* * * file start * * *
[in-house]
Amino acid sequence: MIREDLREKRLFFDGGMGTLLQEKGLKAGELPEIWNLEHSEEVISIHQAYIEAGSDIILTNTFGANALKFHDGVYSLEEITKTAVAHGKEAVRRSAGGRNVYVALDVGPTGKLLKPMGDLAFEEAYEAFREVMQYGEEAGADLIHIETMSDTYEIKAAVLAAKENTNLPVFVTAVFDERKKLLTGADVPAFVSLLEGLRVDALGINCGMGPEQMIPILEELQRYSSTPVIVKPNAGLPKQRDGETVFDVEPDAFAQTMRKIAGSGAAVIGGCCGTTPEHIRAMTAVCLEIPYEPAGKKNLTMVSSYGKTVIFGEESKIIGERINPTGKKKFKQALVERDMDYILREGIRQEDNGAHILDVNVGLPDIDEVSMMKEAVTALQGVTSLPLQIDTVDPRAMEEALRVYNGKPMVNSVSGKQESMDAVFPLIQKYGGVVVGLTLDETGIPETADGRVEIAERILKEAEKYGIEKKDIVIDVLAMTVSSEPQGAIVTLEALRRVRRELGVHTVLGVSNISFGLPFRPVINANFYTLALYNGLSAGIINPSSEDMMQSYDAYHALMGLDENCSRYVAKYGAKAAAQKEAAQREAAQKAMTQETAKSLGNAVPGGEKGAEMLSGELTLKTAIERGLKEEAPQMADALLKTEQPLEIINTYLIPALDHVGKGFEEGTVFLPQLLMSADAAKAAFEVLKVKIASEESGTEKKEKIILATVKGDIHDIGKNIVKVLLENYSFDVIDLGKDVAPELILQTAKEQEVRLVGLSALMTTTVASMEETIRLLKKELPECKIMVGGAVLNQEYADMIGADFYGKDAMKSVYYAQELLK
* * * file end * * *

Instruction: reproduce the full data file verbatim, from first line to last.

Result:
[in-house]
Amino acid sequence: MIREDLREKRLFFDGGMGTLLQEKGLKAGELPEIWNLEHSEEVISIHQAYIEAGSDIILTNTFGANALKFHDGVYSLEEITKTAVAHGKEAVRRSAGGRNVYVALDVGPTGKLLKPMGDLAFEEAYEAFREVMQYGEEAGADLIHIETMSDTYEIKAAVLAAKENTNLPVFVTAVFDERKKLLTGADVPAFVSLLEGLRVDALGINCGMGPEQMIPILEELQRYSSTPVIVKPNAGLPKQRDGETVFDVEPDAFAQTMRKIAGSGAAVIGGCCGTTPEHIRAMTAVCLEIPYEPAGKKNLTMVSSYGKTVIFGEESKIIGERINPTGKKKFKQALVERDMDYILREGIRQEDNGAHILDVNVGLPDIDEVSMMKEAVTALQGVTSLPLQIDTVDPRAMEEALRVYNGKPMVNSVSGKQESMDAVFPLIQKYGGVVVGLTLDETGIPETADGRVEIAERILKEAEKYGIEKKDIVIDVLAMTVSSEPQGAIVTLEALRRVRRELGVHTVLGVSNISFGLPFRPVINANFYTLALYNGLSAGIINPSSEDMMQSYDAYHALMGLDENCSRYVAKYGAKAAAQKEAAQREAAQKAMTQETAKSLGNAVPGGEKGAEMLSGELTLKTAIERGLKEEAPQMADALLKTEQPLEIINTYLIPALDHVGKGFEEGTVFLPQLLMSADAAKAAFEVLKVKIASEESGTEKKEKIILATVKGDIHDIGKNIVKVLLENYSFDVIDLGKDVAPELILQTAKEQEVRLVGLSALMTTTVASMEETIRLLKKELPECKIMVGGAVLNQEYADMIGADFYGKDAMKSVYYAQELLK